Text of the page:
Cirrhosis is the term used to describe a diseased liver that has been severely damaged, usually due to many years of injury.

Many people who have developed cirrhosis have no symptoms or non-specific such as fatigue. However, as the cirrhosis progresses, symptoms often develop as the liver is no longer able to perform its normal functions.

Symptoms include:

  • swollen legs and an enlarged abdomen
  • easy bruising and bleeding
  • frequent bacterial infections
  • malnutrition, especially muscle wasting in the temples and upper arms
  • jaundice (a yellow tinge to the skin and eyes).

Cirrhosis is diagnosed using a number of tests including: blood tests, radiology  and a biopsy of the liver. Treatment is directed to the underlying cause of the liver diease and management of the complications.  Alcohol abstinence is essential to prevent further damage the liver. Medication may be given to prevent complications and treat symptoms of liver failure.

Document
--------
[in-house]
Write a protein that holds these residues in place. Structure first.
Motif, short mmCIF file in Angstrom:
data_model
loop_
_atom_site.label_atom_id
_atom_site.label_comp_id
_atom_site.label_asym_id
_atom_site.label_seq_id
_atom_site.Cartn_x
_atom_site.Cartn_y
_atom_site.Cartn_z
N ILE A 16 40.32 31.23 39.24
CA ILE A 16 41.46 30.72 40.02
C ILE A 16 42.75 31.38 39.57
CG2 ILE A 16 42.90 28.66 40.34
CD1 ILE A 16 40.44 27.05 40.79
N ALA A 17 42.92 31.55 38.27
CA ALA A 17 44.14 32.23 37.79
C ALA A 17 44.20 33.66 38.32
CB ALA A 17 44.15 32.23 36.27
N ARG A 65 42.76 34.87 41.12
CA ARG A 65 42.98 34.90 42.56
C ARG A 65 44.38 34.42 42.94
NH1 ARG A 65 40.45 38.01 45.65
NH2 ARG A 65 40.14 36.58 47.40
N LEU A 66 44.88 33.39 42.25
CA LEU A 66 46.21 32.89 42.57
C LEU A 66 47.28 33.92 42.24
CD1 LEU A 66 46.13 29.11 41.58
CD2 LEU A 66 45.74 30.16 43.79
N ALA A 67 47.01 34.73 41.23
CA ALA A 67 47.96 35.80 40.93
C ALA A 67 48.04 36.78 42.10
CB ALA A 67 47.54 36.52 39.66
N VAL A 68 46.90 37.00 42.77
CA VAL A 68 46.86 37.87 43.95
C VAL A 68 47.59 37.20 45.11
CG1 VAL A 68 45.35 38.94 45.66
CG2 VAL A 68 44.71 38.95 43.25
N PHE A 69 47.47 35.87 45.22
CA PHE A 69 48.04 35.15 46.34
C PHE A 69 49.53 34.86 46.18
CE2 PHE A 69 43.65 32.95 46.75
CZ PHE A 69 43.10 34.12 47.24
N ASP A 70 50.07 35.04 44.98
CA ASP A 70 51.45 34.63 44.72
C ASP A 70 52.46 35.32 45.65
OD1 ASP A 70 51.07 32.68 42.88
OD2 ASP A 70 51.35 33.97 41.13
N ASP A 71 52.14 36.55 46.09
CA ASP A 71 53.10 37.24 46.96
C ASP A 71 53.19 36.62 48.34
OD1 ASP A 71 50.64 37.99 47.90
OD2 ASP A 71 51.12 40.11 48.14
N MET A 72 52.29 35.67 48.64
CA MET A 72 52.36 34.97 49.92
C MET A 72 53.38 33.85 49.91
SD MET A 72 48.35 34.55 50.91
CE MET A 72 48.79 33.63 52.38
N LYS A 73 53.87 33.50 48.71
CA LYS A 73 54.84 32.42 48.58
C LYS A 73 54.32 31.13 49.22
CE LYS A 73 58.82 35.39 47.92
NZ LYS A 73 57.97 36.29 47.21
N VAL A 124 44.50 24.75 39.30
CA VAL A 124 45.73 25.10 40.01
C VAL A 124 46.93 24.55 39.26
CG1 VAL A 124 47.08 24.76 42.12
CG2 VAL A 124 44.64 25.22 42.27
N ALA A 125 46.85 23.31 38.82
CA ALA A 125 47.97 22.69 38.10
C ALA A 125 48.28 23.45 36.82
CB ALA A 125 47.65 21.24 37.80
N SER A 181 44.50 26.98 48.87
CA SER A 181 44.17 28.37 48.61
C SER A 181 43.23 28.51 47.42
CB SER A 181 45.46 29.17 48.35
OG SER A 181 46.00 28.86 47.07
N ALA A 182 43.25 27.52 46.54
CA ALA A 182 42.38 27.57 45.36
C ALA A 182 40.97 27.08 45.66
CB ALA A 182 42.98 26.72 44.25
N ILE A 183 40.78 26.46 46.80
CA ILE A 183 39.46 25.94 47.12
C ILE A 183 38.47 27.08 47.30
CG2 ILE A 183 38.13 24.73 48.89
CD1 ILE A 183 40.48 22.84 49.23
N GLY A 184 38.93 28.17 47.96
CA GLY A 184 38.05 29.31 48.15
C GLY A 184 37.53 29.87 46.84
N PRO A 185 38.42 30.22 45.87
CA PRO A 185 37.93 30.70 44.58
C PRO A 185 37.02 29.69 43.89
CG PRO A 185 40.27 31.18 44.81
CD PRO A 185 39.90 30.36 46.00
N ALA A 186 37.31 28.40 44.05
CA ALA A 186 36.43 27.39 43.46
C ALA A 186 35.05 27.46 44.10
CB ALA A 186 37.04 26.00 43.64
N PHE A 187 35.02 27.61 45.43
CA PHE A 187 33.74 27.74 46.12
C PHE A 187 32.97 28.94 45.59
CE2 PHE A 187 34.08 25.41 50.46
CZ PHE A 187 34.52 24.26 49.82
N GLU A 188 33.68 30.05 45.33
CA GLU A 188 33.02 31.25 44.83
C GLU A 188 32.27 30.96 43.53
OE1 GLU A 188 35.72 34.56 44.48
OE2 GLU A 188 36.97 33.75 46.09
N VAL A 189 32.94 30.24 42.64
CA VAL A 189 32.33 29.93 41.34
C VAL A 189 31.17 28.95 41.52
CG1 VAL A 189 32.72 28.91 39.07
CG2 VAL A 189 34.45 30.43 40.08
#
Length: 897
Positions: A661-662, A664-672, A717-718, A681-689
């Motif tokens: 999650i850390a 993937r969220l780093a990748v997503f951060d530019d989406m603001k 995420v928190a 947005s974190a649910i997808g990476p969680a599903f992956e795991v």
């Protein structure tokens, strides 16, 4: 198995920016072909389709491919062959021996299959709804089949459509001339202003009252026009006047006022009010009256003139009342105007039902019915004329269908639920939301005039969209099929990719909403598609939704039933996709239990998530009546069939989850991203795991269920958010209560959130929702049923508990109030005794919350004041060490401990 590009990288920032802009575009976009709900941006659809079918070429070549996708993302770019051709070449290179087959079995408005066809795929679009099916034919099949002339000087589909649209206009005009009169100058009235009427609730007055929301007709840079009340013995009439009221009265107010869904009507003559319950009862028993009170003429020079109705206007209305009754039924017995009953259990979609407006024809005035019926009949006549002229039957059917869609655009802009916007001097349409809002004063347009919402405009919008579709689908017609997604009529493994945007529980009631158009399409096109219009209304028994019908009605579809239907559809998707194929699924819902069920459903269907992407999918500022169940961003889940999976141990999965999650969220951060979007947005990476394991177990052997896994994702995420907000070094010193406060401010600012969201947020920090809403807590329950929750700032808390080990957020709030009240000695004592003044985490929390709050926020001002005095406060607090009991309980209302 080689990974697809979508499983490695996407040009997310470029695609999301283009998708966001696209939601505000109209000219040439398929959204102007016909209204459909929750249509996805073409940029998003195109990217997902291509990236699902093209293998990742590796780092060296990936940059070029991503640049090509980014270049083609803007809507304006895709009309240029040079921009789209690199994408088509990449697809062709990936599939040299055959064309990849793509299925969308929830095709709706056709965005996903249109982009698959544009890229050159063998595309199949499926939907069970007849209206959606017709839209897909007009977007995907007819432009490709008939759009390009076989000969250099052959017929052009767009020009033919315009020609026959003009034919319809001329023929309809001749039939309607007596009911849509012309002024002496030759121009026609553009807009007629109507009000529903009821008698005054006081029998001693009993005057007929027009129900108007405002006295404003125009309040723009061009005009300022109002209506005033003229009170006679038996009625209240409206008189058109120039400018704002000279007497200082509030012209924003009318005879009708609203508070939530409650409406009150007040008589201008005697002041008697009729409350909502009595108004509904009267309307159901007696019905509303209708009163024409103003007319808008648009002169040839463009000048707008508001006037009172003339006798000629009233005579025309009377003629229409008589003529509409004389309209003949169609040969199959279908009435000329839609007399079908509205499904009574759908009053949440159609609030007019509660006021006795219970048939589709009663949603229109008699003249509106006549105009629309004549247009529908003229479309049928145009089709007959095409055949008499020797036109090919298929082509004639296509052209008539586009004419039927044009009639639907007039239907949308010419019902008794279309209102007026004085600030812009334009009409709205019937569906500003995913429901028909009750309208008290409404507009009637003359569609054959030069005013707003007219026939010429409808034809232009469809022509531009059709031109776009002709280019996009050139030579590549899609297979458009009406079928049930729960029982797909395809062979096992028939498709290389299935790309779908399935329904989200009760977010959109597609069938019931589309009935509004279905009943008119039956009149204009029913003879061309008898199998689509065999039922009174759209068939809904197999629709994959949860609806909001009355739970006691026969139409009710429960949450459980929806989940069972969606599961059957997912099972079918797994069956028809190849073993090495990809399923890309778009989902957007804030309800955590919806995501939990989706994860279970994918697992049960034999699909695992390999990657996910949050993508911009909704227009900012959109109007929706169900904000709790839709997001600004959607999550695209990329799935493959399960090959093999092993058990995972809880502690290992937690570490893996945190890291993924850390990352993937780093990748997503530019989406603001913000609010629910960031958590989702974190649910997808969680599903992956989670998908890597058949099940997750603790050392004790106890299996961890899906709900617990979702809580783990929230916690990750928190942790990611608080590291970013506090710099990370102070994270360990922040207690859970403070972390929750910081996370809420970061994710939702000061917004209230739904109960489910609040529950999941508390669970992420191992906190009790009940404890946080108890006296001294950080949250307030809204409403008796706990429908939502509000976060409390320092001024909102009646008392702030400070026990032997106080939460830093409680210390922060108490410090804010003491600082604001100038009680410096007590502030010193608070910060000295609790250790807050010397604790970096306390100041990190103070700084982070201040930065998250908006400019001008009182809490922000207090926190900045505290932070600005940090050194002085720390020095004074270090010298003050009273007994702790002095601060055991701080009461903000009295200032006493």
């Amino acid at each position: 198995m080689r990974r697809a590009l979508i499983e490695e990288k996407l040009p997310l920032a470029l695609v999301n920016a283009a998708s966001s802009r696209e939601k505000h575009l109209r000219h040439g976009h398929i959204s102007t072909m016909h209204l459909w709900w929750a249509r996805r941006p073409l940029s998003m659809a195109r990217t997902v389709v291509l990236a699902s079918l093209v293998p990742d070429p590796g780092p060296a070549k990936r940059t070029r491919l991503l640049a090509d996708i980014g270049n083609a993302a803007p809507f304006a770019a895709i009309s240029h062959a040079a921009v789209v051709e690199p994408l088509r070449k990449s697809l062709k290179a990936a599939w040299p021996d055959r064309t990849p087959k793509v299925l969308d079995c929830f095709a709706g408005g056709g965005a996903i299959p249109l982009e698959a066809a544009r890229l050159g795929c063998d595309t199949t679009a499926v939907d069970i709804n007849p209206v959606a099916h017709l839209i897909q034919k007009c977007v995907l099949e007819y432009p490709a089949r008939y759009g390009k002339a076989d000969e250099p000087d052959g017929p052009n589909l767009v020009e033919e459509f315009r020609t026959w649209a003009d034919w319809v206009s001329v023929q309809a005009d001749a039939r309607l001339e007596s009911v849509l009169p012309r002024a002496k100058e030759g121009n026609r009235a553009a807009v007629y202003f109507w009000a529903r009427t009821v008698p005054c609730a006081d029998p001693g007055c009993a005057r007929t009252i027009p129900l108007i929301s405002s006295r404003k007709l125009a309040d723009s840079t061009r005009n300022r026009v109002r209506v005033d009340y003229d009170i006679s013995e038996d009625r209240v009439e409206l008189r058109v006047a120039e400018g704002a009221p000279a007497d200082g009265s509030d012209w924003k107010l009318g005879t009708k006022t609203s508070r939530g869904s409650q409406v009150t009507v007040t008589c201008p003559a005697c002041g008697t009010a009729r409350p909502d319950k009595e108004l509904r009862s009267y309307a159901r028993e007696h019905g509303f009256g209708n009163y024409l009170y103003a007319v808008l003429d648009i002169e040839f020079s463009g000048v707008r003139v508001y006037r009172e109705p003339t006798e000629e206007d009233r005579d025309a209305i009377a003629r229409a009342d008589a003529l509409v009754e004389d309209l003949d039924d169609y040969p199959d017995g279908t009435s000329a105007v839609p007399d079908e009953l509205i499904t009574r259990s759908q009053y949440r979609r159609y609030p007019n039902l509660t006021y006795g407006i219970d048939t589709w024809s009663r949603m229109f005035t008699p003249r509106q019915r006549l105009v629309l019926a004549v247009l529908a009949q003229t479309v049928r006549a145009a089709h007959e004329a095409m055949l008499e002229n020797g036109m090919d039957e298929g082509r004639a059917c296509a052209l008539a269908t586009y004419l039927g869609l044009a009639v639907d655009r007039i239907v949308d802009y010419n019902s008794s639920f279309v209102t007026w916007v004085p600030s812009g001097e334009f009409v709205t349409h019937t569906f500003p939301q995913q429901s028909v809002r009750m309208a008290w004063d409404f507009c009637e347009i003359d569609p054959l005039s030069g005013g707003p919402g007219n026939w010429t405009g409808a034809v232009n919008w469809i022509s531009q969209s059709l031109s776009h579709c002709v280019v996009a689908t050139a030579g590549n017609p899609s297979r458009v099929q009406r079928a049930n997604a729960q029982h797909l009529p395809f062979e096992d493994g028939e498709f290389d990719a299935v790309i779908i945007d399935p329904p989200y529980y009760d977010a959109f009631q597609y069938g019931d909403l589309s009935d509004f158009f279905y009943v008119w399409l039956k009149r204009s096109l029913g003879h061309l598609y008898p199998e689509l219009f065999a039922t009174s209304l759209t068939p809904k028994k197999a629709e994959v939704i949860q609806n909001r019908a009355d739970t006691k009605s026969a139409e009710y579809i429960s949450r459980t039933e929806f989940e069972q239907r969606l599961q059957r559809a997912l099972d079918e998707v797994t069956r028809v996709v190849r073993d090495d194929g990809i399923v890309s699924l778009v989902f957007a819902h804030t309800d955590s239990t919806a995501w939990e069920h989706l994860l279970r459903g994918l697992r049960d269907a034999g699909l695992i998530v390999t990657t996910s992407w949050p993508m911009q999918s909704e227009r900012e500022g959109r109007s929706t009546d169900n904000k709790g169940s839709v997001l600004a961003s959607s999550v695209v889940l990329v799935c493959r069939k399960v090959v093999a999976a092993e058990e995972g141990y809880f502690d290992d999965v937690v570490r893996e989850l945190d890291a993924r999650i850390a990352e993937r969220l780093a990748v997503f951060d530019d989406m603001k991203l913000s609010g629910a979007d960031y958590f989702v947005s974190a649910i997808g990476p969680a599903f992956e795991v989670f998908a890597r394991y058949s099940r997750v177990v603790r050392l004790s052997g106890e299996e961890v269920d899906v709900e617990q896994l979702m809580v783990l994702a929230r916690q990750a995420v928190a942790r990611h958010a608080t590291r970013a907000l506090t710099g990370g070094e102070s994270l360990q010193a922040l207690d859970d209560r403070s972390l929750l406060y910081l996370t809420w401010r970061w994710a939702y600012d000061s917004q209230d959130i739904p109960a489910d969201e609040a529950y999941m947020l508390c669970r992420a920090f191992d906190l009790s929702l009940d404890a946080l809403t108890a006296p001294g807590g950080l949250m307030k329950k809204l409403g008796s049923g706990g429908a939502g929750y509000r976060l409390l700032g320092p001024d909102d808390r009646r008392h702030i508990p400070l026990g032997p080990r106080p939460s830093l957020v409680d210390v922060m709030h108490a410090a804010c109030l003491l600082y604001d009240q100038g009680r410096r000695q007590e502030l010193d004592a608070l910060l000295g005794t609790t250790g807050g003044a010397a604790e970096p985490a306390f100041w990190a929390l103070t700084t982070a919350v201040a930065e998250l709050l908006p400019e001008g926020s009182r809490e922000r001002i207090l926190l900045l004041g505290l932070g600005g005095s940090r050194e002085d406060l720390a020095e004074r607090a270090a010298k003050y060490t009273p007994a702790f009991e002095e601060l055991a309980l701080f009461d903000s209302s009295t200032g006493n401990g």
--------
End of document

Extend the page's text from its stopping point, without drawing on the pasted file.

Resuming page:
Liver transplantation is an option in people who have developed life-threatening or medical intractable complications or liver cancer.

Click here to view our Liver Cirrhosis Video explaining the medical condition.

For more information visit the National Institute of Diabetes and Digestive and Kidney Diseases website.